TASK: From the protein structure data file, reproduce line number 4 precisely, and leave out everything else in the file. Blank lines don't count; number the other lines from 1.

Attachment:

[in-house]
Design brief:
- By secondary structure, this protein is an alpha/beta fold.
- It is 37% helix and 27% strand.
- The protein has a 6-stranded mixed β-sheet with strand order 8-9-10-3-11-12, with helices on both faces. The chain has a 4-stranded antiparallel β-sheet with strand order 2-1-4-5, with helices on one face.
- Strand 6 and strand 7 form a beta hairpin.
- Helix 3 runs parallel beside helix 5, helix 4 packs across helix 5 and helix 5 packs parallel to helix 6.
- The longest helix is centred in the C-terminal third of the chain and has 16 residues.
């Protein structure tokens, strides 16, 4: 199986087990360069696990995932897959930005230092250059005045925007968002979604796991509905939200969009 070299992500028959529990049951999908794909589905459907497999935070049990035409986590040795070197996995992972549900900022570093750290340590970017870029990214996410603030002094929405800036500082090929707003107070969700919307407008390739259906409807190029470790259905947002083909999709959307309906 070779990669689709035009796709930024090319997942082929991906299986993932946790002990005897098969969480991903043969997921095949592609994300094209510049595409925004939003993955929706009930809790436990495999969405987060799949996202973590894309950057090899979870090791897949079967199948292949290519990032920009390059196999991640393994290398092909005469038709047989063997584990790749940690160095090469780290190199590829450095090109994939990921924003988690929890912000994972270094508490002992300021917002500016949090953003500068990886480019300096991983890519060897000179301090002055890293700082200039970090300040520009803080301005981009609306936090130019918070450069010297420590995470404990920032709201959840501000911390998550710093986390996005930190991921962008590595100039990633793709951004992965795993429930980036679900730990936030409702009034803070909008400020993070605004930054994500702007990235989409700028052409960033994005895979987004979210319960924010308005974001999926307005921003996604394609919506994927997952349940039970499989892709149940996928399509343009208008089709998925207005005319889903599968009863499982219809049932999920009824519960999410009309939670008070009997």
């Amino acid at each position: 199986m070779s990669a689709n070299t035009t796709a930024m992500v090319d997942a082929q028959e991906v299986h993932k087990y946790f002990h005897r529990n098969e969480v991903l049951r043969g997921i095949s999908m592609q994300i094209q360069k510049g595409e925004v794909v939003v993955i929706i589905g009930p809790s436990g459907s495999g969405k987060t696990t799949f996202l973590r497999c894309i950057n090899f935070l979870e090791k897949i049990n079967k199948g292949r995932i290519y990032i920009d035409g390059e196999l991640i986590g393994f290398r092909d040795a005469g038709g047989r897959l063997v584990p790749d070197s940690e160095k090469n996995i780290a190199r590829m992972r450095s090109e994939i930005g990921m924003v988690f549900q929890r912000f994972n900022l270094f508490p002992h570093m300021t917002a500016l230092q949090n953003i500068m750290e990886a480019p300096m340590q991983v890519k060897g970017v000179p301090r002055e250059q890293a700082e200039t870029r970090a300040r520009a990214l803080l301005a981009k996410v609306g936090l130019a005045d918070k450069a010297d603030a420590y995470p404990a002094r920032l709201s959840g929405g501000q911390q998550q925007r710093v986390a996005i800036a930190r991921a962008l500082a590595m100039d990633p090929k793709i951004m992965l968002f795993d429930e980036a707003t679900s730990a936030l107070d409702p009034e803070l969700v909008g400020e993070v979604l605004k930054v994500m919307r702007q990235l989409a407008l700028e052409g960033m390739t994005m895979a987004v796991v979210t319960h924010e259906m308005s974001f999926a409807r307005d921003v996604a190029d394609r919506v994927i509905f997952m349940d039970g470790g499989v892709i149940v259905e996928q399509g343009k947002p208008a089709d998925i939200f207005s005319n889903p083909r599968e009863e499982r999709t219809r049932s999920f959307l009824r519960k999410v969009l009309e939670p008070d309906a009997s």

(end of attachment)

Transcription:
- It is 37% helix and 27% strand.